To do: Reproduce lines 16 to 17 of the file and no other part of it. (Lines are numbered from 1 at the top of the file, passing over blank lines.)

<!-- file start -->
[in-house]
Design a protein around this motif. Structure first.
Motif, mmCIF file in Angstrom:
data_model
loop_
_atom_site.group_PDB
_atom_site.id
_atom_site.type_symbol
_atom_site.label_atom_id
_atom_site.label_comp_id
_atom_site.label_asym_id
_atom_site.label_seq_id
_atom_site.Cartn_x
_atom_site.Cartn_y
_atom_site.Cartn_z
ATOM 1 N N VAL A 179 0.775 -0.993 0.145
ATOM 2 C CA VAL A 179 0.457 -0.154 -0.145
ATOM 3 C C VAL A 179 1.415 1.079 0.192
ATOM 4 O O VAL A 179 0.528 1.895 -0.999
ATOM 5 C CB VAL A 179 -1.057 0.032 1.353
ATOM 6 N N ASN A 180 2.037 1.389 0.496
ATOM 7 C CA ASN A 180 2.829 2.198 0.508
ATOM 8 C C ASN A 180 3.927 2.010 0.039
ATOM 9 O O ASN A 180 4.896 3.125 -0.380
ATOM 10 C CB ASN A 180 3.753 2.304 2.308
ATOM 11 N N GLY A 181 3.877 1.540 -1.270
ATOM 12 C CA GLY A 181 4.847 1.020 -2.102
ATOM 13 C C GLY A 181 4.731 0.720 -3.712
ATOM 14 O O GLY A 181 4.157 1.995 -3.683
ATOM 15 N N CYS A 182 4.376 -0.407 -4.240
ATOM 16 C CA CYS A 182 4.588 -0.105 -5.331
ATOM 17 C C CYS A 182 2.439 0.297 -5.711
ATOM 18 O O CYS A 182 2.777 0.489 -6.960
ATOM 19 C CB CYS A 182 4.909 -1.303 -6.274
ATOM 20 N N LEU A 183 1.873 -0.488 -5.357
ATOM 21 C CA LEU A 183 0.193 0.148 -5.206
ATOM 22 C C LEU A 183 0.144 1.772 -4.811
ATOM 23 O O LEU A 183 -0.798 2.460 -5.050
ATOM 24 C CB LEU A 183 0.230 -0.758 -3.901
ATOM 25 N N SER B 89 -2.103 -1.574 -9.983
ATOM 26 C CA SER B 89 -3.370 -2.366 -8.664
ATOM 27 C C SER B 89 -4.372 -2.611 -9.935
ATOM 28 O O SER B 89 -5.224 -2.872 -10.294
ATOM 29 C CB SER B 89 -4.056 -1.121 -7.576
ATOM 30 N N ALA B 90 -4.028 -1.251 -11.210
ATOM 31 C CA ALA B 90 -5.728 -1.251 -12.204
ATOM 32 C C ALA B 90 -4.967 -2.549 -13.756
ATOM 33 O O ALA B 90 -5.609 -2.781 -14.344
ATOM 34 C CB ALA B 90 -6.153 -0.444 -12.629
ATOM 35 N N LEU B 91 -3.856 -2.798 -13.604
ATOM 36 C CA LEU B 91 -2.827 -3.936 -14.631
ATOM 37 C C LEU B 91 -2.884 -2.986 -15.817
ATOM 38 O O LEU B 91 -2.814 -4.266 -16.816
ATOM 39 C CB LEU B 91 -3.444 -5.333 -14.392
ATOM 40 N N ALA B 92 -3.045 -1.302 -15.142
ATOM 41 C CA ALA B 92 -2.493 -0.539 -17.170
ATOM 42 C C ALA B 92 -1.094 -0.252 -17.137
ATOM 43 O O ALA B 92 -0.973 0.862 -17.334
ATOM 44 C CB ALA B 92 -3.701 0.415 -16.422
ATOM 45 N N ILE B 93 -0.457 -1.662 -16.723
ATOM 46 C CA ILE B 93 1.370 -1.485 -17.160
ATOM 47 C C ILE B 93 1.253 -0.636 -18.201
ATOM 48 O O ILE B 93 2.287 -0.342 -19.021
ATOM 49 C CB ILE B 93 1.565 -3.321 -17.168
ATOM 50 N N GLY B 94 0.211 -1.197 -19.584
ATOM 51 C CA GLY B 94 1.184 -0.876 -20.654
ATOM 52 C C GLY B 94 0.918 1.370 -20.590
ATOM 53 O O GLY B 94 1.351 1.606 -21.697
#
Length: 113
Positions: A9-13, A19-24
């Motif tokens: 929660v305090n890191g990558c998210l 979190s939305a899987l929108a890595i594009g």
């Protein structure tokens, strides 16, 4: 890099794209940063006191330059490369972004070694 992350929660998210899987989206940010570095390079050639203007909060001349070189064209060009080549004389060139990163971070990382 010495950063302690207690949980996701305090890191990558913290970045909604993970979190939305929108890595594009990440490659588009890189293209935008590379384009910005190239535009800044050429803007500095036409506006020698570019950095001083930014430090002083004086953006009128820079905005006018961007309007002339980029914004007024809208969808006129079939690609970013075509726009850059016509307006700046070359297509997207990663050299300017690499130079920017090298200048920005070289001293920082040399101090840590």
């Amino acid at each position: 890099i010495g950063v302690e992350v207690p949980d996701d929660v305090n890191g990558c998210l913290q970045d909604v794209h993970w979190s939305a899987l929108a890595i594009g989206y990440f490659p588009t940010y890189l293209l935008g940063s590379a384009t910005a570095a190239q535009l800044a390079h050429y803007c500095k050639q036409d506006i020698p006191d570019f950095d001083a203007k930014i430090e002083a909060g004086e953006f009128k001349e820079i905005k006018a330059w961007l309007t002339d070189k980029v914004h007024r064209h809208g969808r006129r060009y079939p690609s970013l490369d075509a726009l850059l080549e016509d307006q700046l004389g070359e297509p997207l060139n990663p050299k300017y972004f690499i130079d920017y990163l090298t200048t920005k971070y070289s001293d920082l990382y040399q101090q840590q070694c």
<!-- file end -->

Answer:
ATOM 1 N N VAL A 179 0.775 -0.993 0.145
ATOM 2 C CA VAL A 179 0.457 -0.154 -0.145